Secondly have him tested by a psychologist.

Third if no homework is coming home see if the school has a homework club where he stays at school until it is done and/or get his teachers to email you the homework so you or whoever looks after him after school can make sure he gets it done.

Fourthly develop his other interests. Most children find one thing they love - it may just be football or drawing rather than chess or maths or the violin but if they can feel good about one thing and not feel criticised all the time, but accepted and loved and that people think they are good at something then that often turns them around.

I found writing very hard and learned to touch type at 15 and that of course was terribly useful. If he does find writing hard see if the psychologist you pay for recommends he types work. It could transform his life.
Be on his side. Praise him,. Love him. Encourage him.

Ah I see Bonsoir and I have a very similar answer....

BranchingOut Wed 09-Jan-13 08:34:41

I would be tempted to take him on a tour of a not-great comp, just to see if that shakes him up a bit.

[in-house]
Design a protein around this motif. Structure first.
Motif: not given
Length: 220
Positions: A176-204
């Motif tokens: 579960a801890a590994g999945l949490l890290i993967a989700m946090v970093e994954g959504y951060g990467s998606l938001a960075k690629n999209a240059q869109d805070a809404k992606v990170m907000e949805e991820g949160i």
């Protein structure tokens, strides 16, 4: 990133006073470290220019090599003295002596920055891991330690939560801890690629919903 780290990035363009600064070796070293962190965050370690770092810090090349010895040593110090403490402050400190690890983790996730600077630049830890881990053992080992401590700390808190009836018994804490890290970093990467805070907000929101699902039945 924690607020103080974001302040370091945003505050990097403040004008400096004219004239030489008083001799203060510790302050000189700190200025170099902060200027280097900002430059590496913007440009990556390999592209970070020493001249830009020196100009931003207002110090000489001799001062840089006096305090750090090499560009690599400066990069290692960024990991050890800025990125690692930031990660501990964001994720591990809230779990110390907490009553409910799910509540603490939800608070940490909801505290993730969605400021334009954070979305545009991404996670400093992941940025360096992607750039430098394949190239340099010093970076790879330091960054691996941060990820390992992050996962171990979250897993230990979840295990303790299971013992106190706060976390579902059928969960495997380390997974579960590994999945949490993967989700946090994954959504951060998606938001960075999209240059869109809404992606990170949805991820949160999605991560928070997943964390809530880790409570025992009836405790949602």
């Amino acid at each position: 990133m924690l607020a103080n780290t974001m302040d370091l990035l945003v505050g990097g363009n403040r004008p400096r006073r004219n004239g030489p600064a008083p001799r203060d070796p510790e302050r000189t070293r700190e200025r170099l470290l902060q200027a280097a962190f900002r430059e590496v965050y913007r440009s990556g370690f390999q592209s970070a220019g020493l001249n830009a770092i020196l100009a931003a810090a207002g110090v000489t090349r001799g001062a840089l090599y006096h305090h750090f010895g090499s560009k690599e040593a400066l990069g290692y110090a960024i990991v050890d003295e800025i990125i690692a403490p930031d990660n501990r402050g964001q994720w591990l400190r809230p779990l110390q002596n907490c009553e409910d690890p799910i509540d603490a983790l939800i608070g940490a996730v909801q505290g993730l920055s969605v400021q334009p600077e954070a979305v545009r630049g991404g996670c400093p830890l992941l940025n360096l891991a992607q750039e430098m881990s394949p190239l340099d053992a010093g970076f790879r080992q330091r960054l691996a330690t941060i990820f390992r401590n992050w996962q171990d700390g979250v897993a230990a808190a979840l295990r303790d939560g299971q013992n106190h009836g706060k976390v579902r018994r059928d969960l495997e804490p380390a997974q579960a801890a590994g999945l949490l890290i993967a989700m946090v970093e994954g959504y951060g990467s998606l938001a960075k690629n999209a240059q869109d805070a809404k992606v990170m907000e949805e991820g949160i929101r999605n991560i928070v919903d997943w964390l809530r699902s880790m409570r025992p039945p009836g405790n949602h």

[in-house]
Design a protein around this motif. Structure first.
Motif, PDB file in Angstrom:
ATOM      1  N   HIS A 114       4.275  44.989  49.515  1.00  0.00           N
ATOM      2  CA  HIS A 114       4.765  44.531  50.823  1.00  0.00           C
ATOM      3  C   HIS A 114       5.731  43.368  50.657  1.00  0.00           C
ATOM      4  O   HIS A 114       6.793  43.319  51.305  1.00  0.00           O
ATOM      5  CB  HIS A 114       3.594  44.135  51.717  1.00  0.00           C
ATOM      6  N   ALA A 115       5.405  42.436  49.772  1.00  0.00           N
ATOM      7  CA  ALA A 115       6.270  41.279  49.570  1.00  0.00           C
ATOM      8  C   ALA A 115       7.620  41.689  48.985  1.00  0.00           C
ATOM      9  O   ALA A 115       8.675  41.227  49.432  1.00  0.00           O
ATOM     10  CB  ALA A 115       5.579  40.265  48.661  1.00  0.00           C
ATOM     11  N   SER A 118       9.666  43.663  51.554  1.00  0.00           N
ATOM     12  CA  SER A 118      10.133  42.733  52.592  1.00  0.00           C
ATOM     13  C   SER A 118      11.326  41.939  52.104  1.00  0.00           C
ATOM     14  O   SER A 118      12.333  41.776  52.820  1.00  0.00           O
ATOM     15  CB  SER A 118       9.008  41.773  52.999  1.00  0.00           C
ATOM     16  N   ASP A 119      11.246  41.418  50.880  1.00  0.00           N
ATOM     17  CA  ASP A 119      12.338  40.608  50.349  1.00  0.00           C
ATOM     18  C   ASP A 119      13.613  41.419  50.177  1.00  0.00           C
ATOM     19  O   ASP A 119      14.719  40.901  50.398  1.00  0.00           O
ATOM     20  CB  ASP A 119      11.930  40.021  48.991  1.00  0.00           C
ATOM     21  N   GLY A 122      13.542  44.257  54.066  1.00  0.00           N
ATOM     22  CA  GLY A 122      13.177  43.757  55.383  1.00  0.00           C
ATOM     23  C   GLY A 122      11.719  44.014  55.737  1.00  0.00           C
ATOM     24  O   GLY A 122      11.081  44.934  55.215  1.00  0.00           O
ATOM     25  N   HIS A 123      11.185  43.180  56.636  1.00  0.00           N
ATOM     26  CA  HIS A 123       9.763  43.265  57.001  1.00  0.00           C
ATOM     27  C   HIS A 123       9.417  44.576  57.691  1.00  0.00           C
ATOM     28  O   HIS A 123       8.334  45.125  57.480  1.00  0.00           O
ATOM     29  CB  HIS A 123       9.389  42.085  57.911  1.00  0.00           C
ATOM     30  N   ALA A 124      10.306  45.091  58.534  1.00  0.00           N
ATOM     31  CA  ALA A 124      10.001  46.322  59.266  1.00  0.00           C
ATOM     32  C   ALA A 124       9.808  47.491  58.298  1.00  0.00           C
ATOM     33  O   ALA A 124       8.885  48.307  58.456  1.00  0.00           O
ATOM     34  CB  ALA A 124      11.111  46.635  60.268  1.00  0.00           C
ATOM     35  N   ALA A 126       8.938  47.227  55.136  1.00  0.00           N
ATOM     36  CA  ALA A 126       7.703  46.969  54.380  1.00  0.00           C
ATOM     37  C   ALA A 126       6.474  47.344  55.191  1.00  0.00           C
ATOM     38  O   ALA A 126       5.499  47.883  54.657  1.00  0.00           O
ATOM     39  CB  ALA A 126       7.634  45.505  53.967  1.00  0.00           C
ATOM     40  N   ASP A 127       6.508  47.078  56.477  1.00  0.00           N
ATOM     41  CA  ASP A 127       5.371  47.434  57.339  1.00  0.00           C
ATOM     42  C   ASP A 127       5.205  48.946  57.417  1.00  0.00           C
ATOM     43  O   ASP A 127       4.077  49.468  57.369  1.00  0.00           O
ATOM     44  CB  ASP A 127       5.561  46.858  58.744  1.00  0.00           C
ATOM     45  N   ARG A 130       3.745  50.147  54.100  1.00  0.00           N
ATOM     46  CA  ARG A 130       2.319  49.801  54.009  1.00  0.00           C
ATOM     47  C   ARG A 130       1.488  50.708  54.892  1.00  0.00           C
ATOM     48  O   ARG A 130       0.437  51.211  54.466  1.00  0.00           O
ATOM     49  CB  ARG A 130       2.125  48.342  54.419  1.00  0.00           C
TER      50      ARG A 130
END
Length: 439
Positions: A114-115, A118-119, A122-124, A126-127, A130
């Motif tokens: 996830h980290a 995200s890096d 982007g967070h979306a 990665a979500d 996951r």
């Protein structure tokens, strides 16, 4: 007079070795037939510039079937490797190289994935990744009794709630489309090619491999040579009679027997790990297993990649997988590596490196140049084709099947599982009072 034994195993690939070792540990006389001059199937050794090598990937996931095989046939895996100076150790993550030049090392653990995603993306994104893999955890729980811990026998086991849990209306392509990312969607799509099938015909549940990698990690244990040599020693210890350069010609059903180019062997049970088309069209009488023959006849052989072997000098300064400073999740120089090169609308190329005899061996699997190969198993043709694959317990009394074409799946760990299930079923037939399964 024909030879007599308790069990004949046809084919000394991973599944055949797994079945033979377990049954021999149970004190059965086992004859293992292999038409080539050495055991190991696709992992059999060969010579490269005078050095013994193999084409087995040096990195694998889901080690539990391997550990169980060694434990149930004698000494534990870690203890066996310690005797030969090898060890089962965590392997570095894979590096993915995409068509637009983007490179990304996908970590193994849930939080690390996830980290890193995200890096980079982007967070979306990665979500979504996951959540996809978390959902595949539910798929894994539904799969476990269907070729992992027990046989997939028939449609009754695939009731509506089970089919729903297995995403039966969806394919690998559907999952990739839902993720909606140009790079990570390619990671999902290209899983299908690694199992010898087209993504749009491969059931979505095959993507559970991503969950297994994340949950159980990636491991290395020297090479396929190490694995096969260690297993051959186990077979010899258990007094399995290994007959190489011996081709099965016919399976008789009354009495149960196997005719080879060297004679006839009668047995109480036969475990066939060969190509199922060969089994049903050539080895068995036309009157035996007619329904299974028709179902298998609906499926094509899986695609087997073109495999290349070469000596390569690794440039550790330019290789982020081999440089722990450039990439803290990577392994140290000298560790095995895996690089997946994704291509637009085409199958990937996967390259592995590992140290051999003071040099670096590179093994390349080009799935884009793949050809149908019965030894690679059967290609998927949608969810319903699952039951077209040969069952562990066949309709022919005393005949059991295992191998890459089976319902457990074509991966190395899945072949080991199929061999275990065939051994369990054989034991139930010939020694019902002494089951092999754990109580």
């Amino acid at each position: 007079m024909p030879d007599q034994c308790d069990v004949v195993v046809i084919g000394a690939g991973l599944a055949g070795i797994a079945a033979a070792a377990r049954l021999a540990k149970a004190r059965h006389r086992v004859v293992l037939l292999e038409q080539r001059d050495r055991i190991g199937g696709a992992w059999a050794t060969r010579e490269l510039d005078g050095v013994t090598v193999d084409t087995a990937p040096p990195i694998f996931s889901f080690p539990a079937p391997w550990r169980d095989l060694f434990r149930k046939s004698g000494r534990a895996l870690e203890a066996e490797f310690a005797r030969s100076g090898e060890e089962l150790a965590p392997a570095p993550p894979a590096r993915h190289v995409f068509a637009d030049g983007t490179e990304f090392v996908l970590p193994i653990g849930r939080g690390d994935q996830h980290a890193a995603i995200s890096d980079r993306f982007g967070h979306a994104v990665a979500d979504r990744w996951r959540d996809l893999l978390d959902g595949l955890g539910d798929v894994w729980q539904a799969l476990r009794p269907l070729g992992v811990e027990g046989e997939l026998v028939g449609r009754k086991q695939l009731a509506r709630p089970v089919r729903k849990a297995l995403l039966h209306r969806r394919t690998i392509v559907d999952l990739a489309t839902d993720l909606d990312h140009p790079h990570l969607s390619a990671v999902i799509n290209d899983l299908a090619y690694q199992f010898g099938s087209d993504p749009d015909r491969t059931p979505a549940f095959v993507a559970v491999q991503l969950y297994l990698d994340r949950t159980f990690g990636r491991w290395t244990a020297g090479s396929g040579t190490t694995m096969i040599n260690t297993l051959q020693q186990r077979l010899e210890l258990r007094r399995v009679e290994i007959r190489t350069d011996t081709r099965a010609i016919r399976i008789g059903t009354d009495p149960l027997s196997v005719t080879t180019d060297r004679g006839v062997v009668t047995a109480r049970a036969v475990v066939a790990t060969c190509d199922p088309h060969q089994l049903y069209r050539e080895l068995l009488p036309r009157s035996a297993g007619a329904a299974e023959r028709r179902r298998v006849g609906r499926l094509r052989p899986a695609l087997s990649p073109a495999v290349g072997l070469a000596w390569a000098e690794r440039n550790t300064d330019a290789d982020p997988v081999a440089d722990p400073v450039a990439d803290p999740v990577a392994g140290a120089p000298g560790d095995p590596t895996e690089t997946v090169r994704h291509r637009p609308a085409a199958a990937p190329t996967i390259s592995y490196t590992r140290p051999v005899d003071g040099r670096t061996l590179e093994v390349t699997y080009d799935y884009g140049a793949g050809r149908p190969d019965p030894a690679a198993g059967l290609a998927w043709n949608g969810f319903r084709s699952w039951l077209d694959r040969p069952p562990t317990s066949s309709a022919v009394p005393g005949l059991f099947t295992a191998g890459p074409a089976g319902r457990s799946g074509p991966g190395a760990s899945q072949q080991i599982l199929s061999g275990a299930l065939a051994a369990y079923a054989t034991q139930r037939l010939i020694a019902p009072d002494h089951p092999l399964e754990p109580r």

cory Wed 09-Jan-13 09:43:26

"I suppose I just would have enjoyed to have that connection with my child I had with my parents where they helped me and I made them so happy and made myself feel so enabled !"

This says it all, really. I suspect all those of us who had happy childhoods and close relationships to our parents nurse that secret wish (or sense of obligation?) to replicate that relationship in our dealings with our children. It is very hard to accept that it never will be the same relationship, because it's not the same parent relating to the same child. It may be as good, or even better, but it's never going to be the same; every relationship is unique and every generation has to work this one out for themselves.

Even my dd who is very like me in talents and interests and attitudes to work is a totally different personality (highly strung and creative where I was plodding and calm); there is no way our relationship can ever reflect the dynamics of any relationship where I was the child. We have to find our own way.

I have a ds exactly like yours (except with no future expectations of money). No idea where his life is going, but at the moment I think it is good enough if we stay on good terms and manage to maintain certain basic standards of behaviour.

Bonding over Delia Smith sounds good. Ds and I did some very good bonding in the summer over boats. It made all the difference in the world to find that he was naturally good at something I valued- or, to put it another way, that I valued something he was good at and enjoyed.